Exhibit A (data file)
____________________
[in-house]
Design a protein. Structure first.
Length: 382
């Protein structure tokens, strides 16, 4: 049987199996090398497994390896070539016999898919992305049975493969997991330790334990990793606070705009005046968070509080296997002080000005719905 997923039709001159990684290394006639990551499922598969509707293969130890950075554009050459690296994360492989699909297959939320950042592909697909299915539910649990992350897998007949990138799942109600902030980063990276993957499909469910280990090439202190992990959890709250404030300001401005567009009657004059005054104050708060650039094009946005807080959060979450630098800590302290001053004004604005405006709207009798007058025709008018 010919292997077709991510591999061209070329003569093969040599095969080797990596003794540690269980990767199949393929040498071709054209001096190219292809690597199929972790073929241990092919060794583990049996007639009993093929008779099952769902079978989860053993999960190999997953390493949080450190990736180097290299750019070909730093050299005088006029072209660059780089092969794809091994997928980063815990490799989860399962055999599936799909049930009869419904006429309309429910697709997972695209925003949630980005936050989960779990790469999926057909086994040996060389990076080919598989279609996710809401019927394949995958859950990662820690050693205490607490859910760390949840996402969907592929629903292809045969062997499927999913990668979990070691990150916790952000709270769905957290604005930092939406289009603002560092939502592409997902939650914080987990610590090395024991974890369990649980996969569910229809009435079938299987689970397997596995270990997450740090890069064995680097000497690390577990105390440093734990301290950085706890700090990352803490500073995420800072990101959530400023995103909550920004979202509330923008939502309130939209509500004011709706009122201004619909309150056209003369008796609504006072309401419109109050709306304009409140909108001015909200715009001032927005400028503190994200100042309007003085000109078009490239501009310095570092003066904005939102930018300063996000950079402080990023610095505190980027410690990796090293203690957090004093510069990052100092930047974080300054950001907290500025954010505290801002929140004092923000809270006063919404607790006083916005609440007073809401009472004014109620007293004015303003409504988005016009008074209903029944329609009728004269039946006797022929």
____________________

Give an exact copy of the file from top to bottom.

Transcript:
[in-house]
Design a protein. Structure first.
Length: 382
């Protein structure tokens, strides 16, 4: 049987199996090398497994390896070539016999898919992305049975493969997991330790334990990793606070705009005046968070509080296997002080000005719905 997923039709001159990684290394006639990551499922598969509707293969130890950075554009050459690296994360492989699909297959939320950042592909697909299915539910649990992350897998007949990138799942109600902030980063990276993957499909469910280990090439202190992990959890709250404030300001401005567009009657004059005054104050708060650039094009946005807080959060979450630098800590302290001053004004604005405006709207009798007058025709008018 010919292997077709991510591999061209070329003569093969040599095969080797990596003794540690269980990767199949393929040498071709054209001096190219292809690597199929972790073929241990092919060794583990049996007639009993093929008779099952769902079978989860053993999960190999997953390493949080450190990736180097290299750019070909730093050299005088006029072209660059780089092969794809091994997928980063815990490799989860399962055999599936799909049930009869419904006429309309429910697709997972695209925003949630980005936050989960779990790469999926057909086994040996060389990076080919598989279609996710809401019927394949995958859950990662820690050693205490607490859910760390949840996402969907592929629903292809045969062997499927999913990668979990070691990150916790952000709270769905957290604005930092939406289009603002560092939502592409997902939650914080987990610590090395024991974890369990649980996969569910229809009435079938299987689970397997596995270990997450740090890069064995680097000497690390577990105390440093734990301290950085706890700090990352803490500073995420800072990101959530400023995103909550920004979202509330923008939502309130939209509500004011709706009122201004619909309150056209003369008796609504006072309401419109109050709306304009409140909108001015909200715009001032927005400028503190994200100042309007003085000109078009490239501009310095570092003066904005939102930018300063996000950079402080990023610095505190980027410690990796090293203690957090004093510069990052100092930047974080300054950001907290500025954010505290801002929140004092923000809270006063919404607790006083916005609440007073809401009472004014109620007293004015303003409504988005016009008074209903029944329609009728004269039946006797022929």